Applying RNA-Seq to investigate the transition into a Viable But Non Culturable State (VBNC) for the intracellular pathogen, Francisella tularensis LVS.
Keywords:Francisella VBNC RNA-Seq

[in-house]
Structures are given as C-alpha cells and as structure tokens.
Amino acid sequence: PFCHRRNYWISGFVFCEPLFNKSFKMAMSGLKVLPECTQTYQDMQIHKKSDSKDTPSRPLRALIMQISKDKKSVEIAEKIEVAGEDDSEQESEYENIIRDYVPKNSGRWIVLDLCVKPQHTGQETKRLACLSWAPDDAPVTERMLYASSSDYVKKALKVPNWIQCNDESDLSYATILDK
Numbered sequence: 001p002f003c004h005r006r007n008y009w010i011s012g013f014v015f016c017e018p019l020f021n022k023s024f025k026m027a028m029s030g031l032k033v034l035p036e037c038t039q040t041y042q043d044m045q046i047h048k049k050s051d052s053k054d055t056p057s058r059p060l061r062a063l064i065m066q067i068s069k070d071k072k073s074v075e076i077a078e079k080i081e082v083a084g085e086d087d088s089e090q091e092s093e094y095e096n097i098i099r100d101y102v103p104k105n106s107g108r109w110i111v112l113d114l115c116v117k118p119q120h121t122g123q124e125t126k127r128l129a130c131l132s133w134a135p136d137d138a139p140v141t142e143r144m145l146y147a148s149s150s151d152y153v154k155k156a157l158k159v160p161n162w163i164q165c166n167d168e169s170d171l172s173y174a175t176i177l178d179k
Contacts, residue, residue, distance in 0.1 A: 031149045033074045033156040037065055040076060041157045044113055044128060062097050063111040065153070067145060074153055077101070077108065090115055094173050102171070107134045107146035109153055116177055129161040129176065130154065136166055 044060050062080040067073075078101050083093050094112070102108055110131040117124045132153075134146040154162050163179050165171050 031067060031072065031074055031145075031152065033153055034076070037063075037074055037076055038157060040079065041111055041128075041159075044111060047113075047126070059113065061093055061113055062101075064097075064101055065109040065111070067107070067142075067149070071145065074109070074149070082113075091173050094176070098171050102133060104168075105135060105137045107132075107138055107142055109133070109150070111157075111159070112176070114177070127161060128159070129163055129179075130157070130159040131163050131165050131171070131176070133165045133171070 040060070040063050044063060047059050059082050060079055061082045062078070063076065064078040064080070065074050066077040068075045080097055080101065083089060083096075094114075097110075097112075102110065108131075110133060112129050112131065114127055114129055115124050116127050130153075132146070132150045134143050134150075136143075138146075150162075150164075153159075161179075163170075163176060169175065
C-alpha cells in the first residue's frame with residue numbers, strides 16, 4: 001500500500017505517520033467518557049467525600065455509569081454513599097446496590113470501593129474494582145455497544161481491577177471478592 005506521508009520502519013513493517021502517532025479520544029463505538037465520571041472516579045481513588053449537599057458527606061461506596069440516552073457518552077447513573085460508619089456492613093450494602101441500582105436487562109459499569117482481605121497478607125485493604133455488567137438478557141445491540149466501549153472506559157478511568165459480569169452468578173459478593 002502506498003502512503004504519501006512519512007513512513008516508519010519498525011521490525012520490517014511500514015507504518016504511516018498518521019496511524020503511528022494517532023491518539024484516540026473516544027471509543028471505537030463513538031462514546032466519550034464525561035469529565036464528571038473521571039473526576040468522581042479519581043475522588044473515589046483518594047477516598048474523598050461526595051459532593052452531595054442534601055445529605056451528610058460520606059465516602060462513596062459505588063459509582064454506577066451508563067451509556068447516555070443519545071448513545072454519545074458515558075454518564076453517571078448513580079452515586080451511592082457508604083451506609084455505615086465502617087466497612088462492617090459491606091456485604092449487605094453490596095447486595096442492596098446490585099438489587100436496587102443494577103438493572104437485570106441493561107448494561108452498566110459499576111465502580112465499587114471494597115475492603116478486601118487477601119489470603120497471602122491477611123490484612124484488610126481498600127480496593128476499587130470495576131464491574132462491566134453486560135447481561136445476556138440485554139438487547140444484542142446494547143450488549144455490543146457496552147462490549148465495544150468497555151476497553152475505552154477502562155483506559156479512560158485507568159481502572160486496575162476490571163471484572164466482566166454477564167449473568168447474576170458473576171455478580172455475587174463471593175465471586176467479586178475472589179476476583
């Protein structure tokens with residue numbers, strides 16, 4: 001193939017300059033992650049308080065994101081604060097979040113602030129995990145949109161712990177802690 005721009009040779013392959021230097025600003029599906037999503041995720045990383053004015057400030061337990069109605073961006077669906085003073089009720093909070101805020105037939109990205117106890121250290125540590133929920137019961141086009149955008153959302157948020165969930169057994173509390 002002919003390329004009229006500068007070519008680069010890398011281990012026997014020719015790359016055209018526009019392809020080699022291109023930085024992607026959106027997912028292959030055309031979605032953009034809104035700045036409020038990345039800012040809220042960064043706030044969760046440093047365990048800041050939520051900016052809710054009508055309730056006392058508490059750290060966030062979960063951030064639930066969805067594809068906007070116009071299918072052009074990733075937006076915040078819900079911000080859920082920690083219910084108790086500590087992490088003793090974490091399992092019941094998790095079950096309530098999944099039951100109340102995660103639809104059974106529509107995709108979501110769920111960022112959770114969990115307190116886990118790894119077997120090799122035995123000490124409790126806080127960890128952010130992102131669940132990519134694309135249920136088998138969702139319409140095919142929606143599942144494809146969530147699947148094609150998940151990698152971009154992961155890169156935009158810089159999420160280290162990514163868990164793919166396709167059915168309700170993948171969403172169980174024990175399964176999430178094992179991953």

Many species of bacteria, under conditions of stress or nutrient limitation, enter a state of dormancy referred to as viable but non-culturable (VBNC). VBNC bacteria persist in the environment, are difficult to detect and identify by many standard laboratory methods and can be altered in their susceptibility to antibiotics. Entry into the VBNC state is often accompanied by morphological changes; however, the mechanisms underlying this are poorly understood. Francisella transitions rapidly and spontaneously to a VBNC state, and therefore has the potential to be an excellent model organism for the study of this phenomenon. To investigate the transcriptome of VBNC F. tularensis LVS we extracted RNA from culturable and VBNC cells and carried out an RNA-Seq analysis using both Long-read Nanopore and Illumina Sequencing. Differentially expressed genes (DEGs) were identified using a DE-Seq pipeline. Over 300 genes were significantly upregulated and ~100 genes were down regulated in VBNC cells. Amongst the upregulated genes were some involved in the transport of metals or small molecules, and we have also identified putative transcriptional regulators that may be master controllers of the VBNC process. Our data represents the first transcriptomic analysis of F. tularensis LVS as it transitions into the VBNC state. Identifying genes that are involved in this transition is a critical first step in understanding the mechanisms that drive F. tularensis LVS into the VBNC state and will help us identify factors that allow the resuscitation of these bacteria. This will have important implications for understanding both environmental persistence and pathogenicity of Francisella species. (Supported by NIH Grant P20GM103434 to the West Virginia IDeA Network for Biomedical Research Excellence)
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